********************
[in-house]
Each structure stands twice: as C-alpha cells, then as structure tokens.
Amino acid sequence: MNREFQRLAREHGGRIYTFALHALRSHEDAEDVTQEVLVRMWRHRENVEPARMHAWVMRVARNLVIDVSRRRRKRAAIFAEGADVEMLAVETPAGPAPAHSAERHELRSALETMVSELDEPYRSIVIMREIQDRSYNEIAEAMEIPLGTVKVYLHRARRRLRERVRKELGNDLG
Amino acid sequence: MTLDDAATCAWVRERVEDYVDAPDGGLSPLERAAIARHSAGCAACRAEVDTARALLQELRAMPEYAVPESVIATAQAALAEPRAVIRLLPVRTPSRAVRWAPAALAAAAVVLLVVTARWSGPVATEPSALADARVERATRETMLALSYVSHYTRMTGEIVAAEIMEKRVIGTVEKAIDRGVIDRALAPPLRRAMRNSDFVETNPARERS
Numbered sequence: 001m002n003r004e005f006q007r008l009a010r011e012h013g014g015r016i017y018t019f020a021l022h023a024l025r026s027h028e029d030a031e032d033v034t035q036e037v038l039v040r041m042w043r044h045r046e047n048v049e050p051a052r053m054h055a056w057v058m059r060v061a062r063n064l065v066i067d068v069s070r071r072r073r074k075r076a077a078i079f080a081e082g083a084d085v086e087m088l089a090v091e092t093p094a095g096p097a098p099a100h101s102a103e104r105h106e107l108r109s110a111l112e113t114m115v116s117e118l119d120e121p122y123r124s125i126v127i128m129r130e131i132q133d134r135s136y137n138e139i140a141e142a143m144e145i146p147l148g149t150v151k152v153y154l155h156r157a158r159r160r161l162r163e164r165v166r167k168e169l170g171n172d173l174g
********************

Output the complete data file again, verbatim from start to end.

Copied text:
[in-house]
Each structure stands twice: as C-alpha cells, then as structure tokens.
Amino acid sequence: MNREFQRLAREHGGRIYTFALHALRSHEDAEDVTQEVLVRMWRHRENVEPARMHAWVMRVARNLVIDVSRRRRKRAAIFAEGADVEMLAVETPAGPAPAHSAERHELRSALETMVSELDEPYRSIVIMREIQDRSYNEIAEAMEIPLGTVKVYLHRARRRLRERVRKELGNDLG
Amino acid sequence: MTLDDAATCAWVRERVEDYVDAPDGGLSPLERAAIARHSAGCAACRAEVDTARALLQELRAMPEYAVPESVIATAQAALAEPRAVIRLLPVRTPSRAVRWAPAALAAAAVVLLVVTARWSGPVATEPSALADARVERATRETMLALSYVSHYTRMTGEIVAAEIMEKRVIGTVEKAIDRGVIDRALAPPLRRAMRNSDFVETNPARERS
Numbered sequence: 001m002n003r004e005f006q007r008l009a010r011e012h013g014g015r016i017y018t019f020a021l022h023a024l025r026s027h028e029d030a031e032d033v034t035q036e037v038l039v040r041m042w043r044h045r046e047n048v049e050p051a052r053m054h055a056w057v058m059r060v061a062r063n064l065v066i067d068v069s070r071r072r073r074k075r076a077a078i079f080a081e082g083a084d085v086e087m088l089a090v091e092t093p094a095g096p097a098p099a100h101s102a103e104r105h106e107l108r109s110a111l112e113t114m115v116s117e118l119d120e121p122y123r124s125i126v127i128m129r130e131i132q133d134r135s136y137n138e139i140a141e142a143m144e145i146p147l148g149t150v151k152v153y154l155h156r157a158r159r160r161l162r163e164r165v166r167k168e169l170g171n172d173l174g